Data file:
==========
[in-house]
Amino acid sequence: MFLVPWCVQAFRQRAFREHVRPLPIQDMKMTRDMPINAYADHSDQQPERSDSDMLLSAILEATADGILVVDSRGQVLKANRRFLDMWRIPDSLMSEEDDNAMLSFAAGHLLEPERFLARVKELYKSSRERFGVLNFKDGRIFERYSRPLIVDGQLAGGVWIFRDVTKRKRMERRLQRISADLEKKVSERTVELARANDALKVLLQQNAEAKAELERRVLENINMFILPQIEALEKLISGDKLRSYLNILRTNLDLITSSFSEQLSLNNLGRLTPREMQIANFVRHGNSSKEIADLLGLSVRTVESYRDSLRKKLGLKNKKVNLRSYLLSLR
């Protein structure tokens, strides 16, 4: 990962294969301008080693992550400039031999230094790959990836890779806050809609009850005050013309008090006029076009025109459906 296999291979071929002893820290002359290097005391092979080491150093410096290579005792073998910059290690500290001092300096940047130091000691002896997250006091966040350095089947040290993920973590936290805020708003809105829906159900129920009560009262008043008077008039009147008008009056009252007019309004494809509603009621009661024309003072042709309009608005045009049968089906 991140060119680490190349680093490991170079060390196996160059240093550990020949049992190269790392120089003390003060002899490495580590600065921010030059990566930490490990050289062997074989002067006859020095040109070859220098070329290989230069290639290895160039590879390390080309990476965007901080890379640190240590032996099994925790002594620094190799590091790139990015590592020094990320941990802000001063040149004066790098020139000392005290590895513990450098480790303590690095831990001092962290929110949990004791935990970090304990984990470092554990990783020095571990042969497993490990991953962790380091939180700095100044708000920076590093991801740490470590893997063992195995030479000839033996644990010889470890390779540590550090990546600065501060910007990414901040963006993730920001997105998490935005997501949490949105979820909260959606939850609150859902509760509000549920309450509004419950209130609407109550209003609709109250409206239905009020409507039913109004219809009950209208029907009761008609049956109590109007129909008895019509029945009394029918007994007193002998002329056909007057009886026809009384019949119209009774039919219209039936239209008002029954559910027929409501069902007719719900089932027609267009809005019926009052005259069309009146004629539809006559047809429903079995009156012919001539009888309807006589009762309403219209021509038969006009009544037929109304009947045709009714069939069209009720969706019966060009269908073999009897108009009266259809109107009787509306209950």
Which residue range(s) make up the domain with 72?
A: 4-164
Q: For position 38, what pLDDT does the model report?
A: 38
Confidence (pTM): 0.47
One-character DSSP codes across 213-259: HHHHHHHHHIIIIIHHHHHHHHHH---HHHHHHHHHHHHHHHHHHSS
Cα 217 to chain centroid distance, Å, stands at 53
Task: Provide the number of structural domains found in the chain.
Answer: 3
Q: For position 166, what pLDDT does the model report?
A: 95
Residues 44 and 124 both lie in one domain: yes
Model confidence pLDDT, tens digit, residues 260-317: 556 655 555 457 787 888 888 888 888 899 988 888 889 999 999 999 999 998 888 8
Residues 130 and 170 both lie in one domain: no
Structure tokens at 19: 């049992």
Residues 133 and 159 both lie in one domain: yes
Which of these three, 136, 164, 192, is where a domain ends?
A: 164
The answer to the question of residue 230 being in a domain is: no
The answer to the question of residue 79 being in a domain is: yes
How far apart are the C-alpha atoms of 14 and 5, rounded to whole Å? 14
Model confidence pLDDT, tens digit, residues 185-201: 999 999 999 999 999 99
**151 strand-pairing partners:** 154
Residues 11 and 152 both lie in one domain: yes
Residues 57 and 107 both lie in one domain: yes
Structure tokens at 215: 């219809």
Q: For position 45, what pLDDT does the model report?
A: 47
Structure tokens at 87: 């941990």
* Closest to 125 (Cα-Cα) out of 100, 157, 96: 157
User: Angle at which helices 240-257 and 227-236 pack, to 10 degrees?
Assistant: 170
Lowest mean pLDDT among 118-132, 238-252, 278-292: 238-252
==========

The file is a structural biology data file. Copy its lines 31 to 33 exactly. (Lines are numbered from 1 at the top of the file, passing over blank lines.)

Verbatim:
A: 47
Structure tokens at 87: 């941990």
* Closest to 125 (Cα-Cα) out of 100, 157, 96: 157